What could it be if my dog has a lump above one of her nipples and it's hard and it's kinda big
It is hard to say for sure without looking at the lump, but my first thought is a breast tumor. Has your dog been spayed? Is she middle age or older? Dogs that were spayed before their first heat have a low incidence of mammary cancer, so if your dog has not been spayed she would be more likely to get it. You need to know that it may not be a tumor- it could be something else such as an infection. The best thing would be to have her examined by your veterinarian to find out what is going on before you get worried. Not all mammary tumors are "cancerous" and if removed (and you have her spayed as well) there is a good prognosis. Your veterinarian can go over all the details. Just like in people the mammary tissue is removed and the tumor will be sent off for histopathology so that it can be determined what kind of tumor it is (if it is a tumor). When an owner is astute enough to catch this kind of thing early- we usually have very good outcomes with treatment.
Can my kitten take methigel he is 4 months old and weighs 5.4 pounds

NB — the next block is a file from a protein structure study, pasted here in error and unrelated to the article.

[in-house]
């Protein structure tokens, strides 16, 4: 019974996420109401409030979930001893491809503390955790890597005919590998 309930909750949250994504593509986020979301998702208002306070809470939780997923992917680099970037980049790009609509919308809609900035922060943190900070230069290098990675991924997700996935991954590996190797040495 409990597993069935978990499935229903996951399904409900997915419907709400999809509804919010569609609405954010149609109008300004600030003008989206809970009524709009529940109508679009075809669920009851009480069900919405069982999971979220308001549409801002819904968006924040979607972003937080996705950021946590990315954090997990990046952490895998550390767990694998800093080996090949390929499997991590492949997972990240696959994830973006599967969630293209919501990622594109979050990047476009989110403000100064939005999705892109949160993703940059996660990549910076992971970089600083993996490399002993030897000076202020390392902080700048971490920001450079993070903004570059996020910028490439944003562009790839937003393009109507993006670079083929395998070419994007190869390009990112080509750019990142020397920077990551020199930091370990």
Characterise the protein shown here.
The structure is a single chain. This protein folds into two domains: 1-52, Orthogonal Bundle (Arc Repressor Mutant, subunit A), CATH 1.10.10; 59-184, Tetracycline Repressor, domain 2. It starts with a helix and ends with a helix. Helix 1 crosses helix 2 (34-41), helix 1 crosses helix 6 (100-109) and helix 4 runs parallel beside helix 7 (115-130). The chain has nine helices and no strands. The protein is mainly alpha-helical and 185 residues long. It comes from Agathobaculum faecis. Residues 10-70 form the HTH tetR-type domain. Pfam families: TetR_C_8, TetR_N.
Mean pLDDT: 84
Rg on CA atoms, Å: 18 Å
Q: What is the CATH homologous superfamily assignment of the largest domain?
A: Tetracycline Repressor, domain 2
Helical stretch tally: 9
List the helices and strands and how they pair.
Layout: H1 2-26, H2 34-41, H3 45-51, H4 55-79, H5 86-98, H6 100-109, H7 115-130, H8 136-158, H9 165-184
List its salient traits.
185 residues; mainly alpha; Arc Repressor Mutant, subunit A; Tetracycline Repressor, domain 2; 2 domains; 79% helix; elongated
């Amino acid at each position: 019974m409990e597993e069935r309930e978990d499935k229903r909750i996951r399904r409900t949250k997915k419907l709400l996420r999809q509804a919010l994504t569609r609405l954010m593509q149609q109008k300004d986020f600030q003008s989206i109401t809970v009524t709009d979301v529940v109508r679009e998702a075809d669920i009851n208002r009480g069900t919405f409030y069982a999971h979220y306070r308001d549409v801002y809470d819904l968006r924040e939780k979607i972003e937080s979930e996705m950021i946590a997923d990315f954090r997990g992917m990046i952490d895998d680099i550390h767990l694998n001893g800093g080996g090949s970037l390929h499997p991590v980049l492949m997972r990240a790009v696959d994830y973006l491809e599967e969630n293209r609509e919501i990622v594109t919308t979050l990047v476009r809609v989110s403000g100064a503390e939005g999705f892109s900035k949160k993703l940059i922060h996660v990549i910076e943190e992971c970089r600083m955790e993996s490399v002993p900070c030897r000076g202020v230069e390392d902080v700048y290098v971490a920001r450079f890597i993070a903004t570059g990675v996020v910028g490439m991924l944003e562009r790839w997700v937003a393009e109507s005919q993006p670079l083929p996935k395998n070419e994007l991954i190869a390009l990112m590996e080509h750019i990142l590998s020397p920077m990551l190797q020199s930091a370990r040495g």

Methigel is a drug used to help acidify urine. If the urine PH is high, then struvite (crystals) can form in the urine causing pain, frequent urination and potential urinary infections. It would be highly unusual for a 4 month old kitten to have struvite crystals. I would absolutely NOT give methigel to your kitten. Methigel, interestingly enough was used frequently years ago, but is a drug/ treatment we now rarely use since there are excellent prescription diets (Royal Canin makes a specialize diet for this problem-to name one) that are a much healthier and more reliable method of treating struvite formation. I am guessing that your kitten must be showing signs of urinary problems?? It is very important, if you are seeing symptoms, to have your kitten examined and have a urinalysis performed. If your kitten has a urinary infection and no stuvite crystals, then changing the PH of the urine is not indicated, and antibiotics are very much indicated. Urinary problems in cats and dogs can be complicated with a multitude of issues involved such as infection, crystals, bladder stone, kidney stones, kidney infections and potential blockage. It is important to know what you are dealing with so that the actual cause of the problem can be treated. Bladder infections are more common than kidney infections (I don't want to scare you here by implying you that there is a kidney infection), but again, having information (with an exam and urinalysis) is so important so that we can prescribe the best antibiotics (if needed) and/or treatment to solve the problem. I hope this helps!